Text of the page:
Abandoned rental cars, security lines stretching outside the airport, and passengers missing flights. These were the “apocalyptic” scenes described by passengers at Austin-Bergstrom International Airport (AUS) on March 27, 2022.
My luck that my first time leaving the Austin airport was an apocalypse between Monday morning and both a NASCAR race and a PGA event this weekend.— Joey Dillon (@joeydillon) March 28, 2022
We had to leave our rentals on the side of the road and security was easily at LEAST 2 hours hours deep. Thank you, pre-check pic.twitter.com/7RZuNfCqxE
Local news said that the line was so long Southwest Airlines (LUV), the airport’s largest carrier by passenger load, had already started to rebook flights for some passengers who still had an hour remaining before boarding their flights.
@KXAN_News Austin Airport Security line spans the length of whole airport AND zig zags OUTSIDE… pic.twitter.com/hnZh2BeuLE— am (@a_livess) March 28, 2022
Airport staff told local media that the chaos began when one rental car stalled on the drop-off curb, blocking the line of customers from being able to return their vehicles. Customers were told by airport staff that they would be able to catch their flights if they just left the keys in the car. This caused a chain reaction that saw queues of abandoned rental cars snaking around the airport.
The airport told Bloomberg that the fuel shortage is linked to a surge in travel demand with a greater number of planes going in and out of the airport, causing many passengers to have missed their flights.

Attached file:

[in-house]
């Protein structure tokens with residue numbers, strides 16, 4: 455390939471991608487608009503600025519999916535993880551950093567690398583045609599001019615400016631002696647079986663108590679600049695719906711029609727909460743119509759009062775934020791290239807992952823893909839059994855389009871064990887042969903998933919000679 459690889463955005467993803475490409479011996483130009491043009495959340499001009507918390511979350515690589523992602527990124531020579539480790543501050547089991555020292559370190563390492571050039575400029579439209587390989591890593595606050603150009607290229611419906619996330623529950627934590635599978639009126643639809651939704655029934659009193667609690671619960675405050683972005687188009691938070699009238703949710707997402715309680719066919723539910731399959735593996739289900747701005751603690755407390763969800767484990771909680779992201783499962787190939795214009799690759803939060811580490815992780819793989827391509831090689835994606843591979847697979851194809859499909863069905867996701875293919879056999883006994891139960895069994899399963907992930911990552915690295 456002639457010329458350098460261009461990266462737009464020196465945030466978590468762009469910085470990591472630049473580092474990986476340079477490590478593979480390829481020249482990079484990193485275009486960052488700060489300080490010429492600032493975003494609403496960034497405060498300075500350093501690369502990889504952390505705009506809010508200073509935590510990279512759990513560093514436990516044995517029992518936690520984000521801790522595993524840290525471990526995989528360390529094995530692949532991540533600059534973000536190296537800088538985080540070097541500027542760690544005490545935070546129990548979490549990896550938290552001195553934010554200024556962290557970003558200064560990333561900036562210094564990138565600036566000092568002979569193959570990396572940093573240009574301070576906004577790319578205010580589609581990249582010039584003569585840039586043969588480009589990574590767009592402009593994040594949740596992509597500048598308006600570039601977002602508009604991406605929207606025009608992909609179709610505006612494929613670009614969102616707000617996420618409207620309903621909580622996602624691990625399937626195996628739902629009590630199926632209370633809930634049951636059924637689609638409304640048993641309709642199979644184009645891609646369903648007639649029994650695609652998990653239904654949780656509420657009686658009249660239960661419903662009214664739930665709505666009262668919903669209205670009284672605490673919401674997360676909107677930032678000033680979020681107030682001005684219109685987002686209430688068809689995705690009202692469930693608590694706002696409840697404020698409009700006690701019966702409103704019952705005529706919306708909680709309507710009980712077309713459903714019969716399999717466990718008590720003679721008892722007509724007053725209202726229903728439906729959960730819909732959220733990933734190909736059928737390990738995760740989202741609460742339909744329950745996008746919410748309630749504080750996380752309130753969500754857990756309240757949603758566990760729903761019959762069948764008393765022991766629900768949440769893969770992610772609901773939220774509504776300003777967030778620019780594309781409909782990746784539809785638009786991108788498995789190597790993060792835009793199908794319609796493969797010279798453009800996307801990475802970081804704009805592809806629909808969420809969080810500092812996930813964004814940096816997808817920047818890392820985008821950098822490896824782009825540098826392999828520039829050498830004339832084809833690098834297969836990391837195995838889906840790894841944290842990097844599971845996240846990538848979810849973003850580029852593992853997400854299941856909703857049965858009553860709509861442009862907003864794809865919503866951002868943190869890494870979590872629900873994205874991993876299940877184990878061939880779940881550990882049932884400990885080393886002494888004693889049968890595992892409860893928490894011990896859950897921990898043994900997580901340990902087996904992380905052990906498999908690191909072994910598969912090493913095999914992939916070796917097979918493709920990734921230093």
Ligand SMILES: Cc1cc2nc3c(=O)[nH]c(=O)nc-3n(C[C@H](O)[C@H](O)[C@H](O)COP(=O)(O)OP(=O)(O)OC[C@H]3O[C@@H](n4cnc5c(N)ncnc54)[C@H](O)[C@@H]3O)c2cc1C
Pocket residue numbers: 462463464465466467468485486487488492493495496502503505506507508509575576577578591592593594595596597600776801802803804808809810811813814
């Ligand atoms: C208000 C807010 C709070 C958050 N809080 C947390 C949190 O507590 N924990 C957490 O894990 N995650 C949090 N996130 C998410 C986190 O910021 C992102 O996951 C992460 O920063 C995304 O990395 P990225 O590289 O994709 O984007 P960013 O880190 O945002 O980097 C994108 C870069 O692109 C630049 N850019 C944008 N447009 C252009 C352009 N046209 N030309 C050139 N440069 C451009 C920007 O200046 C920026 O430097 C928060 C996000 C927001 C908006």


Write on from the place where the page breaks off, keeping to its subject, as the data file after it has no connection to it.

With 282 flights scheduled for today & 1,600 + more passengers flying out before 8 a.m. than we typically see, it’s a busy day at AUS.— Austin-Bergstrom International Airport (AUS) (@AUStinAirport) March 28, 2022
While operations have returned to normal, we continue to ask passengers to arrive a minimum of 2 hours in advance now through early April. pic.twitter.com/5olg6JTaR0
The spokesperson told Bloomberg that the airport’s two fuel-storage tanks have not been expanded since it opened in 1999. As a result, the Austin facility typically holds one to two days of supply, less than half the five-to-seven days of fuel stockpiled by most airports of similar size.
AUS had issued a fuel shortage alert, and urged airlines flying into AUS to carry extra fuel or send in more supplies via tankers.
Despite the dramatic scenes that unfolded that day, no flights were delayed or cancelled.